Knowledge is . . .

What if every utterance of any person in the world could be saved and served to requestors forever?

Would that be a good thing? As you might surmise, the answer is not clear cut.

IPFS: the InterPlanetary File System is intended to replace HTTPS and de-centralize the content delivery process on the web. Rather than retrieving content based on its filename and a location, content is retrieved based on a cryptographic fingerprint, with copies of that content scattered across machines geographically distant from each other.

The Brave browser just introduced IPFS support as announced on the company's blog. It could be a game-changer for anyone who has seen their content disappear because of the decision of some third party. The nature of IPFS could insure the survival of any data for the rest of human history, at least in theory.

This latest mind-bending tech development that has the potential to change the way we view and value knowledge. It's just one more proof that nothing stays the same.

We have normally held that knowledge is power. Knowing a thing motivates us, empowers us and gives us confidence to plan, and to act. In the early days of physical books, the expense of getting knowledge into a book limited what might be printed there. Books that were deemed inappropriate could, and were, destroyed by those who opposed the ideas written within their pages.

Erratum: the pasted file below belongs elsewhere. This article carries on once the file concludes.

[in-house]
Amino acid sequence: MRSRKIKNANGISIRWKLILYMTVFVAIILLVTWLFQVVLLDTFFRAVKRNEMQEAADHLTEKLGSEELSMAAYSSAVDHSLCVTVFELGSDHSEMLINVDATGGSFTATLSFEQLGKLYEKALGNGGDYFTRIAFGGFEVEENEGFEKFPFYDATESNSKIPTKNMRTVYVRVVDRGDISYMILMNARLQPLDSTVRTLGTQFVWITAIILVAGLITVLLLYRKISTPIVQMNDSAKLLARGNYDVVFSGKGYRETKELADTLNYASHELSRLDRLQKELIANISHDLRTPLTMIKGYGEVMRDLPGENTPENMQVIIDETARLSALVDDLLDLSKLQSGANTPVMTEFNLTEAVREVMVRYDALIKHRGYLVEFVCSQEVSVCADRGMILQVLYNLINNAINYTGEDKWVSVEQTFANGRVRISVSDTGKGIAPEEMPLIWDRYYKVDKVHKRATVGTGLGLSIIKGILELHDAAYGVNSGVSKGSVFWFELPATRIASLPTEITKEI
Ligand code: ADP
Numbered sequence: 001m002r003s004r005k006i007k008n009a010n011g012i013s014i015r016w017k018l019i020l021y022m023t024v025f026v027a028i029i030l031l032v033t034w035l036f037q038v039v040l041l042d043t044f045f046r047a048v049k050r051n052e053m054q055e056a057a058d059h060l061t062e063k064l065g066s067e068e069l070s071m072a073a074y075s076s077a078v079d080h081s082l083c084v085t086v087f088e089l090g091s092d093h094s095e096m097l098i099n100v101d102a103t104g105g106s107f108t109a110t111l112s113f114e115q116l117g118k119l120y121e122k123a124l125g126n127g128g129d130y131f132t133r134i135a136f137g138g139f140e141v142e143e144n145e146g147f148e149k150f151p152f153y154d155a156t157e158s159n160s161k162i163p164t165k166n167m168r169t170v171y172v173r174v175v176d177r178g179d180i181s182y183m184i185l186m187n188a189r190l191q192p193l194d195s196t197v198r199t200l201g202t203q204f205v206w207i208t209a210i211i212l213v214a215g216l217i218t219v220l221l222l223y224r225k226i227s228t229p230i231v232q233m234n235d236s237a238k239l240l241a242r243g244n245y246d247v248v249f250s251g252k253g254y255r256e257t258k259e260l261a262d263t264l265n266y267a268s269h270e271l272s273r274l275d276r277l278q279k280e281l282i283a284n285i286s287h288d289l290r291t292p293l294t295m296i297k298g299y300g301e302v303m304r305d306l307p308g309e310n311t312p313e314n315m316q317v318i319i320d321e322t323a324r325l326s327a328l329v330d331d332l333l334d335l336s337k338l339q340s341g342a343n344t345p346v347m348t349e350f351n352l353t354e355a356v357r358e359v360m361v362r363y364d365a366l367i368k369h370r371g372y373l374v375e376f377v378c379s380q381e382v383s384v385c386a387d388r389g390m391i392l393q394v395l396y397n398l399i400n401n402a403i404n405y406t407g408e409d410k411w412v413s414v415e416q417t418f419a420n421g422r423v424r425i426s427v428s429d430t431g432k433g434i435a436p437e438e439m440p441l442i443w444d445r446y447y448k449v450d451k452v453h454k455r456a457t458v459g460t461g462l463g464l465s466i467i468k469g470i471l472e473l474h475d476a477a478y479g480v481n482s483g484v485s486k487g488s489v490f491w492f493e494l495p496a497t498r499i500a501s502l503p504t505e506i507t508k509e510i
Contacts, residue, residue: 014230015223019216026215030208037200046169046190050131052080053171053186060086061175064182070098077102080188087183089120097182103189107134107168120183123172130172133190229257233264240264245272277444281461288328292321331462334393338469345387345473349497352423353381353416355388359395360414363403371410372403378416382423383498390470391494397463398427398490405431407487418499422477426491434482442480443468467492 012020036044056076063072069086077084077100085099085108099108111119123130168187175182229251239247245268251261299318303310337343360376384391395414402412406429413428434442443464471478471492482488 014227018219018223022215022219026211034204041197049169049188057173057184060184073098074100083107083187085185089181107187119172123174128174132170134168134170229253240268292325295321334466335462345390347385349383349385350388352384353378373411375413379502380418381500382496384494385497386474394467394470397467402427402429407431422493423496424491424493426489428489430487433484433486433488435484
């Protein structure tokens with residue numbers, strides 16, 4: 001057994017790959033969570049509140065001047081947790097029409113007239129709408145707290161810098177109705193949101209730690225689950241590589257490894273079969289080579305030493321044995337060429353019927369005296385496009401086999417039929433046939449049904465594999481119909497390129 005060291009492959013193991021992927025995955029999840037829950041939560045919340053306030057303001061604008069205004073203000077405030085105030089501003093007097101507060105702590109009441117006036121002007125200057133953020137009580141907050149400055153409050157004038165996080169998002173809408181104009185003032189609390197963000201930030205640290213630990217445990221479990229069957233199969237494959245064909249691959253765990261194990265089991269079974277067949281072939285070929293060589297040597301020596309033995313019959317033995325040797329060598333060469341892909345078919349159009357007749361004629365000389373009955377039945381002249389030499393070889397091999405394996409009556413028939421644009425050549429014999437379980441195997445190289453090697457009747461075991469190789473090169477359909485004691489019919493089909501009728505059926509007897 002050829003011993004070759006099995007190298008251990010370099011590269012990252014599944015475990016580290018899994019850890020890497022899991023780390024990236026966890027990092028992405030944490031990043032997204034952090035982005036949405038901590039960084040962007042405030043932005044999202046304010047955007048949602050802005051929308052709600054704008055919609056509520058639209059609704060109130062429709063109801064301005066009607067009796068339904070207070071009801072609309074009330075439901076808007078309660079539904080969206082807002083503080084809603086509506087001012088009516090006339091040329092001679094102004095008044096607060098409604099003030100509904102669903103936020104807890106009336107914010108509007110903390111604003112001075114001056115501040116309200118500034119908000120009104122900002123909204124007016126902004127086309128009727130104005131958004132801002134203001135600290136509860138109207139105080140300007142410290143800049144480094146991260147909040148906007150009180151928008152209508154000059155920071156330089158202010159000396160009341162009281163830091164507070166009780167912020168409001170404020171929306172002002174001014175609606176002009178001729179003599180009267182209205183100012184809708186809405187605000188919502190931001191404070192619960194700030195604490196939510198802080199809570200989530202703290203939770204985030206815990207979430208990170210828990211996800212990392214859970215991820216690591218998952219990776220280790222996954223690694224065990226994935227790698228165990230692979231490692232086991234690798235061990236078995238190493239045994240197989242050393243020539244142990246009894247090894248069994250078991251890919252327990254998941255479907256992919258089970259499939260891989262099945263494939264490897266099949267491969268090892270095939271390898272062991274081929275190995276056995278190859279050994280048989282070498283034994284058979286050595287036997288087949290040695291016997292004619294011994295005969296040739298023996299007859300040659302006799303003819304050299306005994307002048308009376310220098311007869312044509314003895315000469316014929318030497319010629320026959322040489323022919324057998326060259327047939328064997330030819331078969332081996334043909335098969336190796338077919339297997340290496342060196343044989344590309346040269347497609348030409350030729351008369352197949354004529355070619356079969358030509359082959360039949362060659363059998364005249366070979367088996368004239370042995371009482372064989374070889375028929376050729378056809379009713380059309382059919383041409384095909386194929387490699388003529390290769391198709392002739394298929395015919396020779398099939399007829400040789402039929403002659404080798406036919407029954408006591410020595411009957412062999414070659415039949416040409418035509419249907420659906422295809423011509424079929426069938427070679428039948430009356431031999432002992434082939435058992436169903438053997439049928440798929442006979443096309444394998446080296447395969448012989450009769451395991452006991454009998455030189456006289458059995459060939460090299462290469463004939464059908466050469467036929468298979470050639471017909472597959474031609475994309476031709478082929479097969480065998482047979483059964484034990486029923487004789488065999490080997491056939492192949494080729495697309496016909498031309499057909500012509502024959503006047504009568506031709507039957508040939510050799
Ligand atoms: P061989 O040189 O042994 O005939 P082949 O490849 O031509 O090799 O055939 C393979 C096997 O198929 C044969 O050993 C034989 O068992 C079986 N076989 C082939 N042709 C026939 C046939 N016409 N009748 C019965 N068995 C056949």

You and I can really never know what knowledge has been eradicated from the human realm. It is gone. We can only know about those thoughts and words that were unsuccessfully attacked.

What will our view of knowledge be when all knowledge can always be preserved? The filters that humankind has historically applied to the accumulated works of homo-sapiens are about to be removed. We will be able to retrieve anything that ever made it into a digital file. Forever. At least in theory.

I think we will soon stop seeing knowledge as a good thing, and start seeing knowledge as a tool. And I'm not so sure this paradigm shift is a bad one. Isn't it actually more accurate to see knowledge as a tool? Hasn't the advertising and entertainment industries actually been using knowledge in that way for centuries now? What about politics and religion? Do they only put forth good knowledge, wholesome and uplifting, or are they guilty of subtly twisting knowledge to meet their own agendas?

Perhaps this will force those of us who are a bit too trusting to start exercising our mental muscles a bit more. Maybe the knowledge that everything we hear isn't the truth will become a thing everyone knows.

Now there's a thought.

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